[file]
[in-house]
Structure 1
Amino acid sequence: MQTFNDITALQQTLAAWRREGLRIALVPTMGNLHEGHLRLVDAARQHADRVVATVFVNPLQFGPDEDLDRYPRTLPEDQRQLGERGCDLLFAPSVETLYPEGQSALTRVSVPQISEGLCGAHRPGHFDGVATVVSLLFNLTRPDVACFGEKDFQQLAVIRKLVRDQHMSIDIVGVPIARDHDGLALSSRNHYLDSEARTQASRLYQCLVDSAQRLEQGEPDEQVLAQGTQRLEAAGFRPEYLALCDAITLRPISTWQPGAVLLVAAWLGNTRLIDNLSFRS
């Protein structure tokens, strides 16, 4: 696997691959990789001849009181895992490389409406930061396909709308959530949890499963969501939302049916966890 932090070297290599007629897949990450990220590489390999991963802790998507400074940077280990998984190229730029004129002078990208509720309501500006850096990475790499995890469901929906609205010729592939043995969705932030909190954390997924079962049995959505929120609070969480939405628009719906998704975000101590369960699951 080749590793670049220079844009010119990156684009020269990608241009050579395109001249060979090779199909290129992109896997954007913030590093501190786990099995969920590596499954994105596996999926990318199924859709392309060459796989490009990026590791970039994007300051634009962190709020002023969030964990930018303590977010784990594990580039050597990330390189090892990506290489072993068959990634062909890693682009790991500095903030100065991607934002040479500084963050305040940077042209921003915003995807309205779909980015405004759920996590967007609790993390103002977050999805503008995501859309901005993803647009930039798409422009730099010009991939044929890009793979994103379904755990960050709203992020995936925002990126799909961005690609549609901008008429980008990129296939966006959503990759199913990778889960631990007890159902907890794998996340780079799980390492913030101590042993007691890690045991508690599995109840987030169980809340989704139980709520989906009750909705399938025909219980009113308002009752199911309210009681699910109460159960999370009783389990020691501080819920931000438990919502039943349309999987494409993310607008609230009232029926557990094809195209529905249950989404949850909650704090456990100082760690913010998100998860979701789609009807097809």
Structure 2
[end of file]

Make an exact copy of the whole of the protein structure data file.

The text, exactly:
[in-house]
Structure 1
Amino acid sequence: MQTFNDITALQQTLAAWRREGLRIALVPTMGNLHEGHLRLVDAARQHADRVVATVFVNPLQFGPDEDLDRYPRTLPEDQRQLGERGCDLLFAPSVETLYPEGQSALTRVSVPQISEGLCGAHRPGHFDGVATVVSLLFNLTRPDVACFGEKDFQQLAVIRKLVRDQHMSIDIVGVPIARDHDGLALSSRNHYLDSEARTQASRLYQCLVDSAQRLEQGEPDEQVLAQGTQRLEAAGFRPEYLALCDAITLRPISTWQPGAVLLVAAWLGNTRLIDNLSFRS
């Protein structure tokens, strides 16, 4: 696997691959990789001849009181895992490389409406930061396909709308959530949890499963969501939302049916966890 932090070297290599007629897949990450990220590489390999991963802790998507400074940077280990998984190229730029004129002078990208509720309501500006850096990475790499995890469901929906609205010729592939043995969705932030909190954390997924079962049995959505929120609070969480939405628009719906998704975000101590369960699951 080749590793670049220079844009010119990156684009020269990608241009050579395109001249060979090779199909290129992109896997954007913030590093501190786990099995969920590596499954994105596996999926990318199924859709392309060459796989490009990026590791970039994007300051634009962190709020002023969030964990930018303590977010784990594990580039050597990330390189090892990506290489072993068959990634062909890693682009790991500095903030100065991607934002040479500084963050305040940077042209921003915003995807309205779909980015405004759920996590967007609790993390103002977050999805503008995501859309901005993803647009930039798409422009730099010009991939044929890009793979994103379904755990960050709203992020995936925002990126799909961005690609549609901008008429980008990129296939966006959503990759199913990778889960631990007890159902907890794998996340780079799980390492913030101590042993007691890690045991508690599995109840987030169980809340989704139980709520989906009750909705399938025909219980009113308002009752199911309210009681699910109460159960999370009783389990020691501080819920931000438990919502039943349309999987494409993310607008609230009232029926557990094809195209529905249950989404949850909650704090456990100082760690913010998100998860979701789609009807097809």
Structure 2